Bomb attack ahead of Nigeria pollPeople shop at a market in Ibadan, Nigeria, Friday, ahead of the first of three crucial elections in this oil-rich nation. (AP Picture)
Fri, April 08, 2011 - 1:45 PM
IBADAN, Nigeria — A bomb targeting an election office in Nigeria exploded today on the eve of the first of the oil-rich country's three crucial April elections, killing at least eight people and spreading fears that violence reminiscent of the nation's flawed 2007 vote could spread.
The explosion struck the Independent National Electoral Commission office in Suleja in the afternoon as workers hurriedly prepared for Saturday's looming National Assembly polls. A government official who requested anonymity said the blast injured so many people that local hospitals quickly became overwhelmed, forcing doctors to send patients onto nearby Abuja, the country's capital.
The official requested anonymity due to government concerns about talking about the death toll ahead of the election.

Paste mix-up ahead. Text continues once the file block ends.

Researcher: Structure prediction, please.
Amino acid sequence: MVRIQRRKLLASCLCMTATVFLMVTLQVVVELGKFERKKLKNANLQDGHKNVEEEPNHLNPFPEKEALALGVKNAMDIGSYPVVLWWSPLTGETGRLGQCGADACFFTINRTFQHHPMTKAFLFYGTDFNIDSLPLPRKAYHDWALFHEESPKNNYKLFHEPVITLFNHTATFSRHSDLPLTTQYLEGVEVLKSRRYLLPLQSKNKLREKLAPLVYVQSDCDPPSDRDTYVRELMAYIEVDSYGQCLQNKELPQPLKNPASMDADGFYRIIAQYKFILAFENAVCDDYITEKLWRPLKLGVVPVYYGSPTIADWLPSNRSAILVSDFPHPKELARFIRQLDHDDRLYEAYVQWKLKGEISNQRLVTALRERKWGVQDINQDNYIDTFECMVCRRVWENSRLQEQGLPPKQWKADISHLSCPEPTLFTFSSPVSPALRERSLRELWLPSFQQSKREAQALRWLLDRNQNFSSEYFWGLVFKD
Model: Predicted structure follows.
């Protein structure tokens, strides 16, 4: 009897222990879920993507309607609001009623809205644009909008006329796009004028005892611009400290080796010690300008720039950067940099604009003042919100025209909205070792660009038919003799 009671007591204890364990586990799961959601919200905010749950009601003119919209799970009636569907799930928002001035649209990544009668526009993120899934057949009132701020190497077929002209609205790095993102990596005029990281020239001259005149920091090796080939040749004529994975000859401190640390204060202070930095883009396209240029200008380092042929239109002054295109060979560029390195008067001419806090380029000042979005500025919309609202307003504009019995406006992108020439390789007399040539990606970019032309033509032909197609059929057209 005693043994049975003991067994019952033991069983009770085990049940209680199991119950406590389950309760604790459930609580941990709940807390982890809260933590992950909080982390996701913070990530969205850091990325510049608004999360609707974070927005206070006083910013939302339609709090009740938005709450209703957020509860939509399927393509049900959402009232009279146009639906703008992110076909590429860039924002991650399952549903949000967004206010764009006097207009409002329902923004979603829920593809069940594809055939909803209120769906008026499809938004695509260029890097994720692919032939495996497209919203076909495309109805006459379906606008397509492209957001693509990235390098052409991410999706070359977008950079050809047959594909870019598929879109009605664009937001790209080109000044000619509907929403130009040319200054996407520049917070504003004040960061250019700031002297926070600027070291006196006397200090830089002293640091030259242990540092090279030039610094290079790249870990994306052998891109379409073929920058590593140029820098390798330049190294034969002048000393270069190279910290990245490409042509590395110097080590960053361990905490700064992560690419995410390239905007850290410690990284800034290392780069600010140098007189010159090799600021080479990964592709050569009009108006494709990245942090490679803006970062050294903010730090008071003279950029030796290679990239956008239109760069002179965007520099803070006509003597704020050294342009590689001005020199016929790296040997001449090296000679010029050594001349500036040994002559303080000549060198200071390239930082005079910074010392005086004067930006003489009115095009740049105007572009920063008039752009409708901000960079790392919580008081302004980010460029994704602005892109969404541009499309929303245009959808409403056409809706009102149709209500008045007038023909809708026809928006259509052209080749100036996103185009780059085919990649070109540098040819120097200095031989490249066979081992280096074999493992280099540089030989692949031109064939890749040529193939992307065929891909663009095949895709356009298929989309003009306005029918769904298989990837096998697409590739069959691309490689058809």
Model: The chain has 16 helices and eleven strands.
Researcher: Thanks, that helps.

Police did not immediately identify the explosive used or say whether they had any suspects. Suleja, in Niger state, previously saw a bombing at a political rally in March that killed at least four people and left another 20 wounded.
A statement from President Goodluck Jonathan's office promised the nation it would increase security ahead of Saturday's vote.
"The president's deepest sympathies go the families of these patriotic youth and he wishes to assure them that the federal government will do everything possible to bring their murderers to justice," the statement read.
Nigeria's delayed first national election starts Saturday, and the bombing is just one of a series of worrying signs recently seen across Africa's most populous nation. Coupled with a failed bombing in the north and an attack by a radical Islamic sect today, these signs undoubtedly prove worrying for international observers concerned about one of the top crude oil suppliers to the U.S., as well as those who will place their inked fingers to the ballots. (AP)
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